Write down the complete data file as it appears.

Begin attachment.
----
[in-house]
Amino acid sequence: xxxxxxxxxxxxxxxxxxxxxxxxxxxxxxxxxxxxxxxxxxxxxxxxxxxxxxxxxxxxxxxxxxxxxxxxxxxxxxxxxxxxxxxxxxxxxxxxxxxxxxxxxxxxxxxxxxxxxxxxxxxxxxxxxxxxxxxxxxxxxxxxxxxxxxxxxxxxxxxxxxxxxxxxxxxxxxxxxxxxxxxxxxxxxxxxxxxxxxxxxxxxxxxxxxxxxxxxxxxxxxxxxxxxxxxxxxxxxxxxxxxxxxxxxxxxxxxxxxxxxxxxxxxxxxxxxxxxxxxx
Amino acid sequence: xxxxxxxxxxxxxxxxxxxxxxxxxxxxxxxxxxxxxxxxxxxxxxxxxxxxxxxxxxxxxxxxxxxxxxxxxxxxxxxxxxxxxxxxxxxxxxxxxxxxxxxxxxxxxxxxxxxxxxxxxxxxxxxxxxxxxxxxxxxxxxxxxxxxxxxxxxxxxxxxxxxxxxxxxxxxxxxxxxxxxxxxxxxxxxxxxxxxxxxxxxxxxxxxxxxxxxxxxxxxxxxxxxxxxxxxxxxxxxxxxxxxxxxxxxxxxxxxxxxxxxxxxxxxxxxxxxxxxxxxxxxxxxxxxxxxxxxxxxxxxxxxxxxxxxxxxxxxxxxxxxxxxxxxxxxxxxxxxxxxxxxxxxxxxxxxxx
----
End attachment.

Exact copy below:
[in-house]
Amino acid sequence: xxxxxxxxxxxxxxxxxxxxxxxxxxxxxxxxxxxxxxxxxxxxxxxxxxxxxxxxxxxxxxxxxxxxxxxxxxxxxxxxxxxxxxxxxxxxxxxxxxxxxxxxxxxxxxxxxxxxxxxxxxxxxxxxxxxxxxxxxxxxxxxxxxxxxxxxxxxxxxxxxxxxxxxxxxxxxxxxxxxxxxxxxxxxxxxxxxxxxxxxxxxxxxxxxxxxxxxxxxxxxxxxxxxxxxxxxxxxxxxxxxxxxxxxxxxxxxxxxxxxxxxxxxxxxxxxxxxxxxxx
Amino acid sequence: xxxxxxxxxxxxxxxxxxxxxxxxxxxxxxxxxxxxxxxxxxxxxxxxxxxxxxxxxxxxxxxxxxxxxxxxxxxxxxxxxxxxxxxxxxxxxxxxxxxxxxxxxxxxxxxxxxxxxxxxxxxxxxxxxxxxxxxxxxxxxxxxxxxxxxxxxxxxxxxxxxxxxxxxxxxxxxxxxxxxxxxxxxxxxxxxxxxxxxxxxxxxxxxxxxxxxxxxxxxxxxxxxxxxxxxxxxxxxxxxxxxxxxxxxxxxxxxxxxxxxxxxxxxxxxxxxxxxxxxxxxxxxxxxxxxxxxxxxxxxxxxxxxxxxxxxxxxxxxxxxxxxxxxxxxxxxxxxxxxxxxxxxxxxxxxxxx